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01.02.19

Deduction for medical and dental expenses modified in 2018

With an aging population in the United States, the medical and dental expense income tax deduction may be available to many taxpayers. Understanding when and what can be deducted is important.

Will you itemize your deductions in 2018?

The Tax Cuts and Jobs Act of 2017, significantly increased the standard deduction. For tax year 2018, the standard deduction amounts are $24,000 for married couples filing jointly and surviving spouses, $12,000 for single and $18,000 for head of household filers. Therefore, it is important for a taxpayer to run the numbers to determine if a standard deduction or an itemize deduction is more advantageous.

In order to benefit from itemizing, the taxpayer’s total itemize deductions need to be greater than the standard deduction amount. If the taxpayer’s total allowable medical and dental expenses (as detailed below) along with the taxpayer’s mortgage interest, charity and state, local and property taxes are greater than the standard deduction for the taxpayer’s filing status, then the taxpayer will want to opt for itemizing deductions.

What medical and dental expenses are eligible?

Taxpayers should carefully review their checkbook ledger, credit card statements and other payment methods thoroughly for deductible medical and dental expense. These are costs of diagnosis, cure, mitigation, treatment or prevention of disease and the costs for treatments affecting any part or function of the body, including:

          • Out-of-pocket costs (including co-pays) not covered by insurance to medical professionals or medical facilities. Examples of these types of expenses are laser eye surgery, a weight loss program as treatment for a disease diagnosed by a physician (obesity, hypertension or heart disease), nursing services and treatment, meals and lodging at a therapeutic center for alcohol or drug addiction.
          • Copays for prescription drugs.
          • Insurance premiums paid with after tax dollars for Medicare Parts B and D, Medigap, Medicare advantage or long-term care.
          • Transportation costs to and from medical appointments.
          • Modifications to your home for medical reasons.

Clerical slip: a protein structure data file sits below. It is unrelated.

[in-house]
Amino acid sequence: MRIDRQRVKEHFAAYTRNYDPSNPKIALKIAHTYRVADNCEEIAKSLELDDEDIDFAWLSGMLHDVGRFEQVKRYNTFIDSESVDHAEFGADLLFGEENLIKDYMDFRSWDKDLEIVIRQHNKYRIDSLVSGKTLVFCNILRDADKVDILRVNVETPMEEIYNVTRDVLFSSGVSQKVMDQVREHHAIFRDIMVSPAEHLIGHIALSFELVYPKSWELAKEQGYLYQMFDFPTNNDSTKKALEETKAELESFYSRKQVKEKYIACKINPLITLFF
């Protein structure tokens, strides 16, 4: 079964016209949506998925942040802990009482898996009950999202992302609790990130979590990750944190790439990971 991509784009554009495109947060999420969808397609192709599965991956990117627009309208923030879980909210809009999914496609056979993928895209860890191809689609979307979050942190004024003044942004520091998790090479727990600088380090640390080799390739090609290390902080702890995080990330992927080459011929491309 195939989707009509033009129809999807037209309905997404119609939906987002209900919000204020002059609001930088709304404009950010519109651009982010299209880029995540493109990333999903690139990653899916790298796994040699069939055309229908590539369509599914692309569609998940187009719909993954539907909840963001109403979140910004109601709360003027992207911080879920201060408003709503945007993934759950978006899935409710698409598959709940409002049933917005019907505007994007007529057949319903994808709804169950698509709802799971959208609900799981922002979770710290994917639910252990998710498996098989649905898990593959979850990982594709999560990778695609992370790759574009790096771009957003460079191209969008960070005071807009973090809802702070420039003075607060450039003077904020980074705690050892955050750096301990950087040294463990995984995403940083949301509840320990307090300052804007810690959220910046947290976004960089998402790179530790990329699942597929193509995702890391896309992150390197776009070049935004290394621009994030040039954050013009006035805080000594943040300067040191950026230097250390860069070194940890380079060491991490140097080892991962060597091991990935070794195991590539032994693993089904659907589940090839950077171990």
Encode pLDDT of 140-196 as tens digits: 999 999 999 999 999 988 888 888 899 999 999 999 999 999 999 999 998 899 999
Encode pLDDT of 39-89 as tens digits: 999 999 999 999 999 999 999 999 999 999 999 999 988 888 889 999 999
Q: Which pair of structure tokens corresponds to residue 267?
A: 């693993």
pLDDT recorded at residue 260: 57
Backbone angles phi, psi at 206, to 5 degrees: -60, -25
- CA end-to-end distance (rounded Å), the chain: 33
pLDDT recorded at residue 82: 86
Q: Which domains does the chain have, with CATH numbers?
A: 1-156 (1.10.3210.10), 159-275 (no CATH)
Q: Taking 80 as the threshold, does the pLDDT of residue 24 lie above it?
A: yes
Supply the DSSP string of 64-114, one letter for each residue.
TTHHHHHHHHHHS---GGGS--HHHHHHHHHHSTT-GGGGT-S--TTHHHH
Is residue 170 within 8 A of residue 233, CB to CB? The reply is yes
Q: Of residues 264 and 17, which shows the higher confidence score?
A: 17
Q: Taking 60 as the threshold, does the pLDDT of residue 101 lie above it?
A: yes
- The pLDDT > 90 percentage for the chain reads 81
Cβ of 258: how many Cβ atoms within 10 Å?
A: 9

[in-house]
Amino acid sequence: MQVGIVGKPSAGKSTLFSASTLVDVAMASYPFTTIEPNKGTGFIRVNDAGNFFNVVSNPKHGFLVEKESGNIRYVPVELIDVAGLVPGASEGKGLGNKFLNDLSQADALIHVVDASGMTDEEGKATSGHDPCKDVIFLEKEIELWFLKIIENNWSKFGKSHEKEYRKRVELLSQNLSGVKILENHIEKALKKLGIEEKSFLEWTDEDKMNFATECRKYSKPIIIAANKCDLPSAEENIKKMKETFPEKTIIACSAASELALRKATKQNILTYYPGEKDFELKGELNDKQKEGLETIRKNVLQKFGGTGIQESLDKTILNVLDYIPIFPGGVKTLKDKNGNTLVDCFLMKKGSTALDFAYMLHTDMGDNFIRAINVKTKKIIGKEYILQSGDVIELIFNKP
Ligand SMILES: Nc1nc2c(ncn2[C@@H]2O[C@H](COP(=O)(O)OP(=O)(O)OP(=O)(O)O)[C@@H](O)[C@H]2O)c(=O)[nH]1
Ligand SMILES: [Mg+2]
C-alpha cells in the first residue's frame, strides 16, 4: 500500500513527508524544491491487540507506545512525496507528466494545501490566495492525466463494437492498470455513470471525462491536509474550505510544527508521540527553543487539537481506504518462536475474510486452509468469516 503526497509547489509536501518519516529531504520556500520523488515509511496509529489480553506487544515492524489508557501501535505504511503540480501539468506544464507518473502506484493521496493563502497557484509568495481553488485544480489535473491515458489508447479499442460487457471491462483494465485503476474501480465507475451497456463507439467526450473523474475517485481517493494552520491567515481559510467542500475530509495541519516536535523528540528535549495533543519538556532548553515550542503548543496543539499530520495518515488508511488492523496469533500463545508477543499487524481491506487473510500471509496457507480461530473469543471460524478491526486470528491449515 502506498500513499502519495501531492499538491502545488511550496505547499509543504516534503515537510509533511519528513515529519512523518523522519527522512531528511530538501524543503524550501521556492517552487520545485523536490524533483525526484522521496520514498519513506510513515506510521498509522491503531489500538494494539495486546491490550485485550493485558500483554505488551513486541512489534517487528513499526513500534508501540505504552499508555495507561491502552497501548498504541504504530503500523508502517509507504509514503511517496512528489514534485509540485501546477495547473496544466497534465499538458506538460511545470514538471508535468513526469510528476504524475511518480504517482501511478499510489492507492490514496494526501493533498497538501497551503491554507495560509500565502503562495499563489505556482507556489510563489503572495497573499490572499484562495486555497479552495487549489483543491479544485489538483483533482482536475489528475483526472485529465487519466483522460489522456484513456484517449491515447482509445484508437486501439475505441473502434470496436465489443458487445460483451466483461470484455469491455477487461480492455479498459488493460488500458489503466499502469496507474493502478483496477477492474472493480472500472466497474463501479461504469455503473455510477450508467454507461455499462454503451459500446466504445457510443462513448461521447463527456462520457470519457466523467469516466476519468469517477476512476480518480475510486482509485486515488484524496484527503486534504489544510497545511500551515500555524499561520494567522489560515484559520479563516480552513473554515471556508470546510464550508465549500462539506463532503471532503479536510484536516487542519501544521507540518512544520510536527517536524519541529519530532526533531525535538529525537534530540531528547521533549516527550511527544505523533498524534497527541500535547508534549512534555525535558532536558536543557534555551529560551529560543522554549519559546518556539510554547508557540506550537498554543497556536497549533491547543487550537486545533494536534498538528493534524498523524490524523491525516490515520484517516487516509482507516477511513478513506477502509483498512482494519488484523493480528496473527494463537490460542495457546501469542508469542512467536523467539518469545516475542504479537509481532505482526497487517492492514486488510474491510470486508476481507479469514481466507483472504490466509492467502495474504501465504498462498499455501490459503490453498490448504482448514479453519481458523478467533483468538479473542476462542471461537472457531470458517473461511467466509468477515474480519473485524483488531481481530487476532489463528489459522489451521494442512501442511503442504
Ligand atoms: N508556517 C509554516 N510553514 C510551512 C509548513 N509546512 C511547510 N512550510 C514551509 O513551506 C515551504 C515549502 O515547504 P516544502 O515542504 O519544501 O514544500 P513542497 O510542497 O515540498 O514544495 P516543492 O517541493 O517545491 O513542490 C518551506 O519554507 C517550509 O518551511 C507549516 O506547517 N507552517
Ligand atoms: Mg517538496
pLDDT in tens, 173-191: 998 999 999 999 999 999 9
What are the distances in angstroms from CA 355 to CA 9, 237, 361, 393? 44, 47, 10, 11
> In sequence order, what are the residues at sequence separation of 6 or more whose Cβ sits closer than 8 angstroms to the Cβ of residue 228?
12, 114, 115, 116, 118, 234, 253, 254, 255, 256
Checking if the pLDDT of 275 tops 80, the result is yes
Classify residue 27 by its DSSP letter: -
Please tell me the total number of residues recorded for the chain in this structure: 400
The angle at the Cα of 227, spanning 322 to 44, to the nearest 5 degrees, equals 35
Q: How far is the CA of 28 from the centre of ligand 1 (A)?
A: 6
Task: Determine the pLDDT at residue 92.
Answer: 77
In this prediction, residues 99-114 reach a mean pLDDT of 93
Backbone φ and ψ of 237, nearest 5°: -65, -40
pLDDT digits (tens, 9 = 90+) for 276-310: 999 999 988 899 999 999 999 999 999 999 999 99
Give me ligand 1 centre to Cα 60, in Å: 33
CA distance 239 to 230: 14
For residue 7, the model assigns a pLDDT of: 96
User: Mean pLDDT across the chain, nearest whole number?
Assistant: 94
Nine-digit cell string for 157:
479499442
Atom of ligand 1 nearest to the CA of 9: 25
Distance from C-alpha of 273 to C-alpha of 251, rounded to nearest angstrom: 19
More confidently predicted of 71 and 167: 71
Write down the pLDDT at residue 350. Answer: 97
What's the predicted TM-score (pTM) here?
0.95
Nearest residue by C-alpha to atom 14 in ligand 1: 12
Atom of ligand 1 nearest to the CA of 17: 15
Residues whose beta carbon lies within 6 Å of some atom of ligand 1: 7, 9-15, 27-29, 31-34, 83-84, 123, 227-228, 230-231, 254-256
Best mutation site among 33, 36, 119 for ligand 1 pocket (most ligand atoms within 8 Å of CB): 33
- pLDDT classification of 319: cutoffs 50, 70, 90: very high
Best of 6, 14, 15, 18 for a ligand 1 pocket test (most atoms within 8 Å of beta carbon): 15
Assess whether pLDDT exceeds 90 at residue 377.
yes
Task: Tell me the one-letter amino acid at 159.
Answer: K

• Payments for dentures, glasses, hearing aids, walkers, wheelchairs or other medical equipment.

What medical expenses are NOT eligible?

The following medical expenses are not eligible for itemization:

          • Cosmetic surgery not considered necessary such as facelifts, hair transplants or liposuction.
          • Health club dues for general health and well-being.
          • Vitamins and nutritional supplements unless recommended by a medical professional as treatment for a physician-diagnosed medical condition.

Whose medical expenses can you deduct on your return?

In general, you can deduct medical expenses paid for yourself, your spouse and any person who qualifies as your dependent (for claiming the dependent exemption). However, there are a few exceptions. Taxpayers can still deduct medical expenses for individuals who don’t qualify as their dependent. Examples are a parent for whom the taxpayer provides over half the support but the parent’s gross income exceeds $4,050 or medical expenses for a married child who doesn’t qualify as a dependent of the taxpayer because she/he files a joint return.

When can medical and dental expenses be deducted in 2018?

If the total of a taxpayer’s medical and dental expenses is greater than 7.5 percent of the taxpayer’s adjusted gross income, then the expenses can be taken as a deduction.

What changes are on the horizon for 2019 for the medical and dental expense deduction?

In 2019, the threshold for medical and dental expenses increases from 7.5 percent to 10 percent of the taxpayer’s adjusted gross income.